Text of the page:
Just because all of mathematics "can be reduced to" a certain area or a certain method doesn't mean we should only think about things in these terms: there are many such reductions. I agree with you that all mathematical theorems must be ultimately (in some sense) finitistic, just because both the statement and the proof of a theorem must be finitely long (and, as you correctly point out, human-generated theorems and proofs must be not just finite but short enough for humans to apprehend, which is pretty short). However, I think that the infinite plays just as important a role: the hallmark of most theorems is that by doing a finite amount of work we deduce an infinite number of consequences.

I am not a fan of theorems which are (only) about large cardinals, or problems for which the answer turns out to be undecidable in our axiom system (and, like most practicing mathematicians outside of logic, set-theory or set-theoretic topology, I would be shocked if a problem I was working on turned out to be undecidable). If you had said that set theory is boring -- well, I wouldn't post that claim on my webpage, but I wouldn't argue with you either. It is a remarkable subject in that three weeks of it is indispensable in most areas of modern mathematics, what we learn in the fourth week might come up once every few years or so (e.g., the least uncountable ordinal as a counterexample in point-set topology), and more than that does not seem to be of much use, except to the set-theorists themselves.

But infinite sets are not a fiction (any more than sets with 10^10^10^10^10 elements are a fiction) nor a hell, and they form a very natural context for many arguments. Try to prove that there is no function from the unit interval to itself which has a removable discontinuity at every point. Now try to prove it without saying the word "uncountable": it's much harder (in fact, I do not know of such a proof, although I'm willing to bet one exists). Moreover, the distinction between countable and uncountable sets is the key to measure theory; the theory of measures of finite total mass "is just" probability (and conversely); and probability is super-important in finite mathematics. Don't you want to be able to say that a sequence of measures with finite support converges to a measure with uncountable support? Isn't this the most efficient way to describe many equidistribution results in finite mathematics?

	Best regards,

	Pete L. Clark

Peter Clark's Further Feedback on Doron Zeilberger's Opinion 74 (as well as other opinions), Dated Oct. 9, 2006

Dear Doron,

Hmm, yes. Late last night I read more of your articles, and by this morning I am not surprised to hear that you are serious, since you seriously do not seem to believe in real numbers.

Summoning restraint, I will not try to talk you out of your ultrafinitist views, because surely others have tried with much the same words I would use. (I didn't quite succeed; see below!) Rather, it seems like the burden of exposition is on you: in papers such as "'Real' Analysis Is a Degenerate Case of Discrete Analysis" you sketch out a sort of manifesto, but surely you will agree that it is far from mathematics: there are too few proofs (or even arguments of any kind) of the statements you assert.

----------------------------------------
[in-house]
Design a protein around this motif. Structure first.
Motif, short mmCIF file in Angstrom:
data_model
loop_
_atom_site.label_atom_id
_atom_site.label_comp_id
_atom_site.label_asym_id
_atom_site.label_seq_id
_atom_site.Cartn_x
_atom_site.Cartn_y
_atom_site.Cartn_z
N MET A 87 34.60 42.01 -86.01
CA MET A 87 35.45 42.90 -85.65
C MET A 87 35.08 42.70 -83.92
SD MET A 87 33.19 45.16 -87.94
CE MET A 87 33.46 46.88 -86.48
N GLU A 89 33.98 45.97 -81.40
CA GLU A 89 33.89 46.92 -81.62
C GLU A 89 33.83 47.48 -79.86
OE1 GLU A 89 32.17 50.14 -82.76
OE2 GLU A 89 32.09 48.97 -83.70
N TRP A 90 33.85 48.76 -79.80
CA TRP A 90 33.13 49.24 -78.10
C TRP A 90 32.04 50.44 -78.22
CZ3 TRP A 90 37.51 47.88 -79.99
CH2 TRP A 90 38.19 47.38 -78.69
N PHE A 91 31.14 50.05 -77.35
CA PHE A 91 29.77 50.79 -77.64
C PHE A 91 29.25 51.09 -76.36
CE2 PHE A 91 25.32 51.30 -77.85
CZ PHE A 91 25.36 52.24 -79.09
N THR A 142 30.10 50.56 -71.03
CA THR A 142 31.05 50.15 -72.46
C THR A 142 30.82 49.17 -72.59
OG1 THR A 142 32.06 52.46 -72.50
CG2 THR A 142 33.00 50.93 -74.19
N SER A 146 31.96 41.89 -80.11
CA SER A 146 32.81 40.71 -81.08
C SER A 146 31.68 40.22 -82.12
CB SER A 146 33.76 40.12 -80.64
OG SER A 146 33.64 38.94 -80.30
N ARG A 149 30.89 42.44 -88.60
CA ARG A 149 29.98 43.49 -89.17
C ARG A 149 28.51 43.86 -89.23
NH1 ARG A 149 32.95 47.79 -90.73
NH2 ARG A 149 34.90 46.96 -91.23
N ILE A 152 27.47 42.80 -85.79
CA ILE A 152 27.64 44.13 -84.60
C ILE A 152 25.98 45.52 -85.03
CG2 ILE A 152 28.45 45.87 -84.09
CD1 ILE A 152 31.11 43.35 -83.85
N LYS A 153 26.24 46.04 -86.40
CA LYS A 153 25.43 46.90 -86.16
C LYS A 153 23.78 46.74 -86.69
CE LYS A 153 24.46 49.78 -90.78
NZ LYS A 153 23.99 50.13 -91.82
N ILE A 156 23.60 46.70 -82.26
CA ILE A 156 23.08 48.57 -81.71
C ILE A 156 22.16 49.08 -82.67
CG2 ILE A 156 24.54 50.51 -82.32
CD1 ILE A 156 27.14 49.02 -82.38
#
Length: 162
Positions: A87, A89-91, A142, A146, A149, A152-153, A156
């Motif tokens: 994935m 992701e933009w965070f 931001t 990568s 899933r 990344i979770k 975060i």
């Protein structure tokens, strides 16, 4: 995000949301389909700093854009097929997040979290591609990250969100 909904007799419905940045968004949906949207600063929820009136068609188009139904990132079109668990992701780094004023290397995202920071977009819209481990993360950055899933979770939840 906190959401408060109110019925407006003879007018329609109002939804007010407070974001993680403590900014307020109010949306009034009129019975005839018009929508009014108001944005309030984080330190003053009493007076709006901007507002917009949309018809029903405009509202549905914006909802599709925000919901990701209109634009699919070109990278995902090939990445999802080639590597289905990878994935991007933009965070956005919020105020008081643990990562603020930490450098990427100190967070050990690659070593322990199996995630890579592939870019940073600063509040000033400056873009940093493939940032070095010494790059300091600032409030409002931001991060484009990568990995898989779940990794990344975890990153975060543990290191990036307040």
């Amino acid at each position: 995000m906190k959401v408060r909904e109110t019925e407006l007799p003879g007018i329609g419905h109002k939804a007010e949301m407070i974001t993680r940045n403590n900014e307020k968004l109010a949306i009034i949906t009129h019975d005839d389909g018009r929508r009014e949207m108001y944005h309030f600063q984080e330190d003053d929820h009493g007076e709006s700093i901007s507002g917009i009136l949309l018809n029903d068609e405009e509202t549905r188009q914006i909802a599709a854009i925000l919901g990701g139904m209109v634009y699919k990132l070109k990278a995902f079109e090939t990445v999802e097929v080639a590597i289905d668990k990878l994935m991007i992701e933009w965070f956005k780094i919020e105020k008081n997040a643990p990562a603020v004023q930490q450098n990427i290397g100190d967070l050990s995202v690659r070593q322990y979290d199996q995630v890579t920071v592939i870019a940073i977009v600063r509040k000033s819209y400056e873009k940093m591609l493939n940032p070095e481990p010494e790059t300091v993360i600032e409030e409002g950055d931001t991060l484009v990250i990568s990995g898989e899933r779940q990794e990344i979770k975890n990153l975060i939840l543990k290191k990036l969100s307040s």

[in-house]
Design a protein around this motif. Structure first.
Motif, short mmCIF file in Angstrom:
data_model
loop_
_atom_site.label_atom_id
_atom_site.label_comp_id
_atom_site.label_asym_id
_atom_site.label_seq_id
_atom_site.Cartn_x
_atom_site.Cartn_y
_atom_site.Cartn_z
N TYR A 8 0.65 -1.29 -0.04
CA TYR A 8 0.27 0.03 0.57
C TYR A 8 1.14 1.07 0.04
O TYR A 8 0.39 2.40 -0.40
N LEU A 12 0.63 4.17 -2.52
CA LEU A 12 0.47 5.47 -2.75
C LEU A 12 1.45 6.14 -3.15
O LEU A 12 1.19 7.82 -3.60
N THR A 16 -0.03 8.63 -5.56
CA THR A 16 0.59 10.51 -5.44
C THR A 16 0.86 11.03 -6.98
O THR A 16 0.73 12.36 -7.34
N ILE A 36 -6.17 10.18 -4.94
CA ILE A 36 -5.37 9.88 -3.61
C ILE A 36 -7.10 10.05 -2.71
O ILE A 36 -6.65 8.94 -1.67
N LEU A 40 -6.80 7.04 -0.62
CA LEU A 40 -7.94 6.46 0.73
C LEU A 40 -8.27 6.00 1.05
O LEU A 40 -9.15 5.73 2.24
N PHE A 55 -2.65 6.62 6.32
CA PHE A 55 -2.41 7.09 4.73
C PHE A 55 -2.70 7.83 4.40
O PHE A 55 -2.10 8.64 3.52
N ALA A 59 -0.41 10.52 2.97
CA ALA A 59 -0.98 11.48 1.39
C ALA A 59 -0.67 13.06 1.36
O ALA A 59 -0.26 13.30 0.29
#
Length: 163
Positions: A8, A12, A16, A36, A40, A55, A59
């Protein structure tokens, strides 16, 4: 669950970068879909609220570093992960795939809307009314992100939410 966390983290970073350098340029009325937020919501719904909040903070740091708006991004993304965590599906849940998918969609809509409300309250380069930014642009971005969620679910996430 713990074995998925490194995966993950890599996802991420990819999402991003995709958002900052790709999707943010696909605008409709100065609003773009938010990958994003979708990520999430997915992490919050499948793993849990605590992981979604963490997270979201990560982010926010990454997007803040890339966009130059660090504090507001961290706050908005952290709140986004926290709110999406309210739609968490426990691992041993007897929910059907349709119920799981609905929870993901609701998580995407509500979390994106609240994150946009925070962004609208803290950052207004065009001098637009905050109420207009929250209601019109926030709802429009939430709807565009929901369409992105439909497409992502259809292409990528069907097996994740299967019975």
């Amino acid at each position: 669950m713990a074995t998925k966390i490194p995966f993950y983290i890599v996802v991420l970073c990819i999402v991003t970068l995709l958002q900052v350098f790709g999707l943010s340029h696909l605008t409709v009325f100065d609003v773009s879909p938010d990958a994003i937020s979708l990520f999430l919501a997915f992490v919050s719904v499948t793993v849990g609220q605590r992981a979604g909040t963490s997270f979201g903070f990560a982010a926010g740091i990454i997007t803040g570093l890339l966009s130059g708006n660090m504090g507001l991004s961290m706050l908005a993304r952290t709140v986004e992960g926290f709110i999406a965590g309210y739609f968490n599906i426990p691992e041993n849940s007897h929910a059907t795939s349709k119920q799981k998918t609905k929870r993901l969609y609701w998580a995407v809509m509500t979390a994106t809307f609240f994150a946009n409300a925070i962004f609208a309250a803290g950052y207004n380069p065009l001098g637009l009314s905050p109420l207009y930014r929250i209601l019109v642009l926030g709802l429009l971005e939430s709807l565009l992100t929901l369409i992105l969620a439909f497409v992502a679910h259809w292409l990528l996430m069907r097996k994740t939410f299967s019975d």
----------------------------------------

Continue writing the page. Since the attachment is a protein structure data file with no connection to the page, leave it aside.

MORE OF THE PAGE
For instance, consider your claims (i) and (ii) on the bottom of page 2. Do you take these claims to be self-evident? I don't, and to be honest the only claim whose meaning I really understand is that the physical universe is finite. I find this statement to be meaningful and even somewhat plausible -- unfortunately I feel the same way about its negation, and my understanding is that the physics community is far from getting much evidence one way or the other (as far as I know, most physicists believe that we will see more or fewer subatomic particles depending upon how much money we can allocate to building bigger and bigger machines to smash particles together). It is hard to imagine a (finite!) sequence of experiments that would really make me believe finiteness versus infinitude of the physical universe. Rather, it seems that the best that one could hope for is a theory which is fundamentally based on one or the other, and which gives increasingly many new and always correct experimental predictions. We don't have such a theory as yet.

I don't know what "the mathematical universe" is, and (ii) is really puzzling to me: I guess you mean that h = 1/q is the reciprocal of some whole number and you are modelling the line by some large finite group Z/nZ, with n = pq? (But then why not choose one of the other factors of n?) Why do you think this? What evidence do you have (of any kind)? Why do you think that working with a huge, unknowable finite number is any more rigorous than allowing all natural numbers? (E.g., I would like to add one to your huge, unknowable prime, and your idea that I can't deserves further explication. If p is the cardinality of some set, then if you tell me what set it is, I'll give you back another set whose cardinality is p+1. If you're not using sets but something else, fair enough, but tell me what you are using.) How should actual mathematical practice be modified so as to pay suitable obeisance to your large, unknowable p? Do your own papers adhere to this practice? (Have you, for instance, never proved something by induction?)